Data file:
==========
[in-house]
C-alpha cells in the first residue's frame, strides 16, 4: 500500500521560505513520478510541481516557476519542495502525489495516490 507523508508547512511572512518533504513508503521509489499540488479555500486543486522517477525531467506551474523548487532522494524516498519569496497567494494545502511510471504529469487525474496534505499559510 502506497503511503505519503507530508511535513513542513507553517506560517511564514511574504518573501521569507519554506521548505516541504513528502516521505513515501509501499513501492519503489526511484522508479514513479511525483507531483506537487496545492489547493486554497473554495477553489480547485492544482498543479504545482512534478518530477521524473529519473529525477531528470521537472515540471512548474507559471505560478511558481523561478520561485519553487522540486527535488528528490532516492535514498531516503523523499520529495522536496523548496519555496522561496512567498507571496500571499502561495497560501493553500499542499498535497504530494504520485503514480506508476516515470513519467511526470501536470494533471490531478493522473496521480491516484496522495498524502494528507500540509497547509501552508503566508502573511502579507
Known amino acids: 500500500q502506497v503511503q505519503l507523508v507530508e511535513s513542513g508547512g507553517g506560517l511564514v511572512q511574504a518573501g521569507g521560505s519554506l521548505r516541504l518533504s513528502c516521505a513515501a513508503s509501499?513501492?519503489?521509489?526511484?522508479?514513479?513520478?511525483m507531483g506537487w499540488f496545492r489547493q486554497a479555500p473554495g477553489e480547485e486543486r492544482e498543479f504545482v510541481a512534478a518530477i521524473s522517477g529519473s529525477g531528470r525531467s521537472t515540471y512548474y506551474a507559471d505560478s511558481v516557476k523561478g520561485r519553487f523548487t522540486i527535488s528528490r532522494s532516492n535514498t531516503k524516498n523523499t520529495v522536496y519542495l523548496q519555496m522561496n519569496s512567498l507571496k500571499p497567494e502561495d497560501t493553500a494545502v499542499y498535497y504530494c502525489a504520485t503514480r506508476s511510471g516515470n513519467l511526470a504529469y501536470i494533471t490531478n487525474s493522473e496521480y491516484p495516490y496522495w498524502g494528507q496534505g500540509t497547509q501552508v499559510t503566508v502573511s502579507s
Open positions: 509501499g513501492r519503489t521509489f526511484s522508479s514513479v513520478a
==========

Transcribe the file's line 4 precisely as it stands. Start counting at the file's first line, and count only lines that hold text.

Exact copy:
Open positions: 509501499g513501492r519503489t521509489f526511484s522508479s514513479v513520478a